As I predicted. People are much more talk than walk in FOSS on the hardware side. They won’t sacrifice the modern experience or significant money to achieve true freedom or security. The same problem that plagued high-assurance security since the 80’s. Although, this is an example where they’d have quite the experience once the workstations started rolling out. Still rejected it.
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“Or more like the company didn’t understand MVP (why the FPGA?) or realistic pricing points. Who’s willing to pay 10-20 times the cost for just a motherboard compared to good Supermicro workstation/server ones?”
People even made those same points to Raptor’s people on various forums including Hacker News. They ignored them for whatever reason. I think the scenario of requiring a minimal, computing experience to get trustworthy hardware will be necessary for first iteration. Good news is there’s an old trick to step up from say a Leon3/4 go a performant desktop: 4-way SMP where 3 of CPU’s are sold at cost. Avoids full-custom CPU until economically viable.
Will take more energy and be slower on single-core performance. Oh well. Might have to start using efficient software again. ;)
IMO the problem with this Talos system is that for 99.99% of people the benefits don’t even come close to outweighing the huge extra cost.
I’m a software developer, I understand the issues involved, and I’m hard pressed to come up with any advantages to paying $3700 for this system instead of buying a Macbook or a MS Surface Book.
“Freedom” is nice, but “non-freedom” isn’t causing me any problems in this area.
Do you think it will over time as App Stores, TPM’s, etc increase? If you did, then one reason to buy alternatives is to ensure your end of the market is rewarding people supplying desktops without that stuff. The vote with the wallet concept on top of money for further R&D and improvements. Now, if you didn’t, then you wouldn’t be justified in buying anything except Intel or AMD. Possibly Like New on eBay, too.
Do you think it will over time as App Stores, TPM’s, etc increase?
I’m not sure what “it” is referring to here. Do you mean the benefits of completely open systems? Or do you mean “non-freedom” will cause more problems as App Stores and TPMs increase?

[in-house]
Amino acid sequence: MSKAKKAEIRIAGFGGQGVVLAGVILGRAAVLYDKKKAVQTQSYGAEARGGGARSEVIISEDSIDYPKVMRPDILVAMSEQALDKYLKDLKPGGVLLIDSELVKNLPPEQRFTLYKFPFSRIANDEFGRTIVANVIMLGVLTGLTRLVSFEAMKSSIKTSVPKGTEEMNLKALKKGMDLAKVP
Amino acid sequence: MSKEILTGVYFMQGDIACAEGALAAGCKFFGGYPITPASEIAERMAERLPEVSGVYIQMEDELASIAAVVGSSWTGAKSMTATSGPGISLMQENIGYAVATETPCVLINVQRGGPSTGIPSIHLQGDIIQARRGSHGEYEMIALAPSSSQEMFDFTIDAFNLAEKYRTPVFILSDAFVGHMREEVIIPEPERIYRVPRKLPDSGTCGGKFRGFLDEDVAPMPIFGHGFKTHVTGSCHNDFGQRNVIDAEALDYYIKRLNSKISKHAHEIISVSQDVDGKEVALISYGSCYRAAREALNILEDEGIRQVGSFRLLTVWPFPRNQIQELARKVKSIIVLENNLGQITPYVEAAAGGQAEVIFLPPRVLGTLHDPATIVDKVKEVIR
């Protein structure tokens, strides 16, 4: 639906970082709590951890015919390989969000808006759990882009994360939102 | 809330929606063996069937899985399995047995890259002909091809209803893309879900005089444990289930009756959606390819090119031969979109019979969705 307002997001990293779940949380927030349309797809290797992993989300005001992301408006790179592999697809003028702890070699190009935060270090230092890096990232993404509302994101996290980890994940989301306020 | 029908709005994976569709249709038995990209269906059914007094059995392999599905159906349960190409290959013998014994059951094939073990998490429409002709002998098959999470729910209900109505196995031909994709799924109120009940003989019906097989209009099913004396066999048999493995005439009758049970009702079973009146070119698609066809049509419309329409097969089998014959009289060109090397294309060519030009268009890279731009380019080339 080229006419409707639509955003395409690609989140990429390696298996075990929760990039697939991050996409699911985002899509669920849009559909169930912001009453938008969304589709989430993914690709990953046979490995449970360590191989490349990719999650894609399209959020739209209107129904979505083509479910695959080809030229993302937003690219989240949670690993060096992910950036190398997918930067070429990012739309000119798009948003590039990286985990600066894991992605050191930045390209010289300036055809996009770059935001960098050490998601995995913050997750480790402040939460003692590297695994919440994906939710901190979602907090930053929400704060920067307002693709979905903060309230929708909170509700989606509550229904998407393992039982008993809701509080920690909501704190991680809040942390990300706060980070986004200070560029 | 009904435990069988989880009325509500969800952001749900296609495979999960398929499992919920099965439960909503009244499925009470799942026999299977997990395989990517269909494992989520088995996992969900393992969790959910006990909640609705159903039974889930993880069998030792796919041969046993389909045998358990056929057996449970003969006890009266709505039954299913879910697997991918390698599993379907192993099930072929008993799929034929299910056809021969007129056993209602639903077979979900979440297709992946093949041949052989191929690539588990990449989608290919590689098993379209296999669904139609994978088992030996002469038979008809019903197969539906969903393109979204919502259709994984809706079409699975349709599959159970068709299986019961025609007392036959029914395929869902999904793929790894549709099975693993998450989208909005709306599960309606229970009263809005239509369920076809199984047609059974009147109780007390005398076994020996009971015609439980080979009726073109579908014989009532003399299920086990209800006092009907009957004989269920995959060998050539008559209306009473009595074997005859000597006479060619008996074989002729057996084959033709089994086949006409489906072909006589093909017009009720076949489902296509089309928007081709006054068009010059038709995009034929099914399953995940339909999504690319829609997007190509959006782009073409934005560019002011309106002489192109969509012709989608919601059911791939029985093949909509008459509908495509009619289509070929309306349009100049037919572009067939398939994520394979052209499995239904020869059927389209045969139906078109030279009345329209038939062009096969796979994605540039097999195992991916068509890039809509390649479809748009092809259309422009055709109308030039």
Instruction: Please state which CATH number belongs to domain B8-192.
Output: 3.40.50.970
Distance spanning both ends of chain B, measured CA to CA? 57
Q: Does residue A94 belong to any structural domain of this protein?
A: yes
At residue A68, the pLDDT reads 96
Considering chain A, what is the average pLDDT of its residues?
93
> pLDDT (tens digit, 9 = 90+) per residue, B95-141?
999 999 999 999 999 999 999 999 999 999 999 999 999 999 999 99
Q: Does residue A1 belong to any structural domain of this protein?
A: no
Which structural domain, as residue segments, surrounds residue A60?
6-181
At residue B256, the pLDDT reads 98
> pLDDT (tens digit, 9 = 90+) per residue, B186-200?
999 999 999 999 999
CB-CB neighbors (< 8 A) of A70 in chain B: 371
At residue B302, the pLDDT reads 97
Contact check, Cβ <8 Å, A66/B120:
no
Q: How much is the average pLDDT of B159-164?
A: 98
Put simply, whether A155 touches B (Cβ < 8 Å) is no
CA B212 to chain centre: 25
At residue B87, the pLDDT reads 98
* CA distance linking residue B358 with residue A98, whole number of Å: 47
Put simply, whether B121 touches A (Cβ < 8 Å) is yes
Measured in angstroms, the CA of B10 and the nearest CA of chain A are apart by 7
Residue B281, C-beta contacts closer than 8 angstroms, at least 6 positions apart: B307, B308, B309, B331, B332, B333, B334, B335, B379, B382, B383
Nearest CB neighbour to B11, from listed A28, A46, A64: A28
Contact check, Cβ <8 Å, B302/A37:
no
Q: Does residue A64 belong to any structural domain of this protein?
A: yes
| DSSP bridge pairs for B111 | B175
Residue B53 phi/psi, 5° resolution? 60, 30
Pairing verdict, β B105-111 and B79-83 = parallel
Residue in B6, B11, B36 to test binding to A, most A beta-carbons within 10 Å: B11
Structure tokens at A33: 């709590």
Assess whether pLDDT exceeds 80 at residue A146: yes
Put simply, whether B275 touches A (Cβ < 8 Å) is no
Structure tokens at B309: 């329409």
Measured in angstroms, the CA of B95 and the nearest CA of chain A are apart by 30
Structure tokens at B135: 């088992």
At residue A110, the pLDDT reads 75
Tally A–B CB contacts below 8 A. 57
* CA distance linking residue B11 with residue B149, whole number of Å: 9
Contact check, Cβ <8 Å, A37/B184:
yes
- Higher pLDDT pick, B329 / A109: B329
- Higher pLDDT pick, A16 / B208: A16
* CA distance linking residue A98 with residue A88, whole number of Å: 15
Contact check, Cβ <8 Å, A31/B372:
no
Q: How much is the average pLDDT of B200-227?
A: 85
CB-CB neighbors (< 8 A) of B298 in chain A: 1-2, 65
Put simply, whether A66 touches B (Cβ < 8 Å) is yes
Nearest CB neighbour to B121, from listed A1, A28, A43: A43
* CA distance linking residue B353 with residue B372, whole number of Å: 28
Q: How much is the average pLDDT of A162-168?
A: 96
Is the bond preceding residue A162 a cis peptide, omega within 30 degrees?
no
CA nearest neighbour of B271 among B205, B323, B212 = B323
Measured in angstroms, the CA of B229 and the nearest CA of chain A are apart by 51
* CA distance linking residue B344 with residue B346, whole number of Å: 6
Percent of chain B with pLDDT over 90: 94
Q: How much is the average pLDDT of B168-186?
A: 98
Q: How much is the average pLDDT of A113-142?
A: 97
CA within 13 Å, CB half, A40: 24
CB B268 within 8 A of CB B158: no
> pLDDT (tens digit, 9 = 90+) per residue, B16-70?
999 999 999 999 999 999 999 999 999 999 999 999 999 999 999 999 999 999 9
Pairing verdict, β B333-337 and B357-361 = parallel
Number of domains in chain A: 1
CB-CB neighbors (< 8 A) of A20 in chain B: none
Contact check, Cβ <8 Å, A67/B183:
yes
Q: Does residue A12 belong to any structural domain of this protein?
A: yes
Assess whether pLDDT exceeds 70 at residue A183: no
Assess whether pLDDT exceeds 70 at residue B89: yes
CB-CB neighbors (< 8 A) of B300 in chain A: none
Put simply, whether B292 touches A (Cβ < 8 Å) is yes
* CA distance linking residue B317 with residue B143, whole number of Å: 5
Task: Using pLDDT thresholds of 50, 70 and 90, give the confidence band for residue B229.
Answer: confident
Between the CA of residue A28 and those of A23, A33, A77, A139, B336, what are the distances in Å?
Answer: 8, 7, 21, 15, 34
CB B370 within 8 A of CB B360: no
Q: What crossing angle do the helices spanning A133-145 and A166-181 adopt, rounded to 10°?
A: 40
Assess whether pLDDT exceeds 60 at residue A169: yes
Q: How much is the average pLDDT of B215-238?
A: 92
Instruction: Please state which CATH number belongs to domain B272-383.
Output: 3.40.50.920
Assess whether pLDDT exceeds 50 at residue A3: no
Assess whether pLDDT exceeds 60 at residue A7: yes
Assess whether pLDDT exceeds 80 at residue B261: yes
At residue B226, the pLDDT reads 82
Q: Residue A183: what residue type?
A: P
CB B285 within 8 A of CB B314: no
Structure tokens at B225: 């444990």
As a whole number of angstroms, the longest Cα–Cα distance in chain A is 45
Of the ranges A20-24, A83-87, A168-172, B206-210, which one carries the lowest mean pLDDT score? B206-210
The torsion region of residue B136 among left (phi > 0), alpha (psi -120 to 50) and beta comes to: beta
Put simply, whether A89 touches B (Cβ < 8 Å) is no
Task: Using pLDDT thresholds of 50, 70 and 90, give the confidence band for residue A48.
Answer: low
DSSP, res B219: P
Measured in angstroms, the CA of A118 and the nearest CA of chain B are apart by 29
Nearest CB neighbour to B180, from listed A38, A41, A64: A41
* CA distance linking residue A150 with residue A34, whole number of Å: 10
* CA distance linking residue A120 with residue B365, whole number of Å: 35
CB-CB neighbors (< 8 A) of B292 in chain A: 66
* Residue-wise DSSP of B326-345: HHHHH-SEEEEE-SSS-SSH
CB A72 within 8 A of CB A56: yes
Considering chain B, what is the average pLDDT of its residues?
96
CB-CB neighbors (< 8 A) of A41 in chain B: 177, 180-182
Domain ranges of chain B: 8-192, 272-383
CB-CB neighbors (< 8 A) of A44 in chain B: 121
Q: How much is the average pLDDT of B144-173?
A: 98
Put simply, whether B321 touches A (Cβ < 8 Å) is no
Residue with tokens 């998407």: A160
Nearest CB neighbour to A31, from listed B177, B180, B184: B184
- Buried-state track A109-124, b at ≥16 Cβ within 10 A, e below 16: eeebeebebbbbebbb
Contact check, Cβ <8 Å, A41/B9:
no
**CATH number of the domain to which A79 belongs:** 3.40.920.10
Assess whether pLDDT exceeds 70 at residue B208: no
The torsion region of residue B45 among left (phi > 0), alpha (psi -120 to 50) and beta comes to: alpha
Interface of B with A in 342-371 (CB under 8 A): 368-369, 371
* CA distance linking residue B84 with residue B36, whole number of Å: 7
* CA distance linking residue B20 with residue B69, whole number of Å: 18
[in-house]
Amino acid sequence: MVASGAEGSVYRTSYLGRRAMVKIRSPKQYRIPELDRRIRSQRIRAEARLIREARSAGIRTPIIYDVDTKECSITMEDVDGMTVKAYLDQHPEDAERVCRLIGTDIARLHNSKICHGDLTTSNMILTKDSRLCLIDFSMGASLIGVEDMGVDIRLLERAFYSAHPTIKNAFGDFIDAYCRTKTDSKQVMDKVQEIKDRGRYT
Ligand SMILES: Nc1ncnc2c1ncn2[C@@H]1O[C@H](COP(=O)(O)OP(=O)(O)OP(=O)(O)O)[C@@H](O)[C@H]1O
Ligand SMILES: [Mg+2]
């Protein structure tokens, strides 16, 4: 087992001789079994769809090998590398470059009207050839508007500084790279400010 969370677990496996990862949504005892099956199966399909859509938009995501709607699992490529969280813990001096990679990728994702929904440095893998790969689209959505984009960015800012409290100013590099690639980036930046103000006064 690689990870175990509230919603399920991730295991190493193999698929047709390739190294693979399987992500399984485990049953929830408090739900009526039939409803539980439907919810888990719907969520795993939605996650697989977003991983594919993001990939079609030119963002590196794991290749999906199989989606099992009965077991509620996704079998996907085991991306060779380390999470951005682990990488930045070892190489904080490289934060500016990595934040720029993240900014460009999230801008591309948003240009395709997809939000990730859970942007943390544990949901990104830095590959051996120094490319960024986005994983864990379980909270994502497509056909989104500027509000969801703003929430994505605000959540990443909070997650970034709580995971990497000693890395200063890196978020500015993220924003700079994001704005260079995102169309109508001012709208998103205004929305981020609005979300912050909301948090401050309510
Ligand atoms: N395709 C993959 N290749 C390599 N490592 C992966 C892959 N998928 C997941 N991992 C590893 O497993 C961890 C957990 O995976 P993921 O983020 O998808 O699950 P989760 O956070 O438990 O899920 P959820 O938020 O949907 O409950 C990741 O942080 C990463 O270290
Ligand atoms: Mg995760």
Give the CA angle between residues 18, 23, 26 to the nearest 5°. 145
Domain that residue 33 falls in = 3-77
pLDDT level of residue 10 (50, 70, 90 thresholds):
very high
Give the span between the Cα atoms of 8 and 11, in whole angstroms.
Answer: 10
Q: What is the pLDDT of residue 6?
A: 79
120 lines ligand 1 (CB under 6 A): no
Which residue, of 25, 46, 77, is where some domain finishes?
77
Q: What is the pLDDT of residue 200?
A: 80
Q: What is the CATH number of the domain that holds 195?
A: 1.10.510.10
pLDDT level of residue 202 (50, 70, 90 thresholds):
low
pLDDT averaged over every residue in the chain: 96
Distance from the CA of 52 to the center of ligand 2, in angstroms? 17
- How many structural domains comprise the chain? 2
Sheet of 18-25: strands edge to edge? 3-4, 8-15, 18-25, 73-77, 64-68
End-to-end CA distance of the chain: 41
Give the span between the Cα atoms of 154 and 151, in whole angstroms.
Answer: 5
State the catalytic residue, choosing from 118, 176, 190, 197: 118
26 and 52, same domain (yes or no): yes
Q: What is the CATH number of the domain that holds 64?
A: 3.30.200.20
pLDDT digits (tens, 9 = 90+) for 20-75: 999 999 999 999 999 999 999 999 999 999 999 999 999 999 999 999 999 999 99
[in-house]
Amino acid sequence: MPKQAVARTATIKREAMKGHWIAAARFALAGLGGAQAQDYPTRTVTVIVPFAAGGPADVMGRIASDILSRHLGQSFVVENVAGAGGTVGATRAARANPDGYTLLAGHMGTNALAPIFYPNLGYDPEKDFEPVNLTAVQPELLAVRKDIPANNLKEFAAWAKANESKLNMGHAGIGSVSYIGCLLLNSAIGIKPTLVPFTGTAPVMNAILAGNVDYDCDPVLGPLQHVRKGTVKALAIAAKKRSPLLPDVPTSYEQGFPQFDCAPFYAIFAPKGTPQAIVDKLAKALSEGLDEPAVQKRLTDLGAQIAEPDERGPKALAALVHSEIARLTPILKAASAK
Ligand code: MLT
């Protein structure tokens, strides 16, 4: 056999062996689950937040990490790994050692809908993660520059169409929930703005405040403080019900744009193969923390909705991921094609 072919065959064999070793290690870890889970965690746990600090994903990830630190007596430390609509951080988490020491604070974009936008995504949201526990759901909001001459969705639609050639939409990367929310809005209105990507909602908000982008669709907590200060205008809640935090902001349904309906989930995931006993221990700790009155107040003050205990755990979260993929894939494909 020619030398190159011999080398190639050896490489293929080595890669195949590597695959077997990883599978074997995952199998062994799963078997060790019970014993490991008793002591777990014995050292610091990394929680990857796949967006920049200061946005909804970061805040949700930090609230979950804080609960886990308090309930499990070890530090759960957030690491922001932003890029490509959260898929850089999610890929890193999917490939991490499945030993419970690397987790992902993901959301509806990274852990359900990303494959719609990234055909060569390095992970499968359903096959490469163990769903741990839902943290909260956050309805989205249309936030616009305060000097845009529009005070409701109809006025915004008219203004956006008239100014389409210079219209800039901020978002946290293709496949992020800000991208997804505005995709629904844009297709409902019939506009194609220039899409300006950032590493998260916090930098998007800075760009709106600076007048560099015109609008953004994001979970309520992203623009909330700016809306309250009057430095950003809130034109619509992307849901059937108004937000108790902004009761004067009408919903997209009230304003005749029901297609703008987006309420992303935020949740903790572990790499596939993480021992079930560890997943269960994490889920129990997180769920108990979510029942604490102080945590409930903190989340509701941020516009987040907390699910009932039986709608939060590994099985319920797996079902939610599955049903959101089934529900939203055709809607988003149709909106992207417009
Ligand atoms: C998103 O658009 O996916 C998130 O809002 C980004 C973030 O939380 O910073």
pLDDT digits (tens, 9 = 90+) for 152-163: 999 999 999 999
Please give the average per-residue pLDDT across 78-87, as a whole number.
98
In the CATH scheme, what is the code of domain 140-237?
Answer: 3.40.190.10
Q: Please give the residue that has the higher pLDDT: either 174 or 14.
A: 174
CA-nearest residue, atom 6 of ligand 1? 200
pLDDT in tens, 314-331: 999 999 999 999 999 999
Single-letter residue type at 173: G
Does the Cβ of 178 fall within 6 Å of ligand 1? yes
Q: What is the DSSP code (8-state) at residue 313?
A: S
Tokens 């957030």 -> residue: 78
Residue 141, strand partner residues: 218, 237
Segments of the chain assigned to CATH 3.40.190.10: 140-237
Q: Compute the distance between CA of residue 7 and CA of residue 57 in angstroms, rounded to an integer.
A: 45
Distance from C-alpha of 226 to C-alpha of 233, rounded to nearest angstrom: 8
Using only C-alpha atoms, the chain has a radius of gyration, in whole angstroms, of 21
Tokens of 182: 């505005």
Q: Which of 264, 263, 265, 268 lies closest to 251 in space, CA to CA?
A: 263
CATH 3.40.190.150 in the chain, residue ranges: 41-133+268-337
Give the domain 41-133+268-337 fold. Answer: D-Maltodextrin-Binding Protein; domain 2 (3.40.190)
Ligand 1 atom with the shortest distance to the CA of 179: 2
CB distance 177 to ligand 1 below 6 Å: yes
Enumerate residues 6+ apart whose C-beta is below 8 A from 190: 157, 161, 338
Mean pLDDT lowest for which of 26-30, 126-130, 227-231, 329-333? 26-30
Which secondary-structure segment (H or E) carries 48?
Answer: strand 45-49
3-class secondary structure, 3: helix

The answer to both questions is: No, I don’t think my concern will increase as those things become more prevalent. I can really care less about whether my hardware requires signed binary blob firmware or not. I have zero interest in controlling it at that level.
Now, if you didn’t, then you wouldn’t be justified in buying anything except Intel or AMD. Possibly Like New on eBay, too.
I’ll continue buying what works best for my needs, at the best price.
Control is what I’m talking about. One of the things they wanted to do with built-in DRM was forcing you to pay for each use of a piece of content, on each device, or for amount of time spent. Almost all the content providers in movie and music space were on board. Other angles include remotely wiping content off your device that’s legitimate and you want. Others include your stuff being disabled because you didn’t pay a monthly fee whereas you currently would just buy that device/app to keep it in perpetuity just no updates.
Do any of these results of you not owning the device concern you? All I can think of as I’m still waking up. ;)
I don’t really see what subscription software licenses, app stores, and DRM have to do with this.
The selling point of Talos over other systems was free and open hardware without signed firmware and binary blobs, which is orthogonal to the concepts you’re talking about.
app stores, and DRM have to do with this.
You don’t see what 3rd parties controlling what apps, music, and movies can run on your PC, how often, or how long to have to do with… whether a user controls their PC, its apps, and its content? Well, that is what we’re talking about with owner-controlled. You can do whatever you want with it. They can’t interfere outside the legal system. You buy content, you put it on the PC, run it, listen to it, etc. The opposite model, which TCG pushed toward firmware & CPU’s, is to have them decide with signatures & lists what you can run. Then, they make sure you can’t copy content through the OS to help media companies. Then, they might make sure with players or app stores you’re further restricted to what they want you to use. They’ve already done a bit of this but there was enough pushback and alternatives to prevent it from becoming the full experience.
Heck, Microsoft, hypervisor vendors, etc always listed it in their promotional material for security technologies like TPM, too. The media companies were especially interested in charging per use or per device instead of one-time sales. Sony went further to slip a rootkit on their music CD’s. The general cases require devices the owners don’t control, though. Devices with DRM. It’s the foundation they [publicly] intend to build more revenue & lock-in schemes on.
I’m almost certain the same is true on the software side, as well; software just has (a) a different culture, born from different roots, and (b) is much cheaper and easier to design, build and “manufacture”.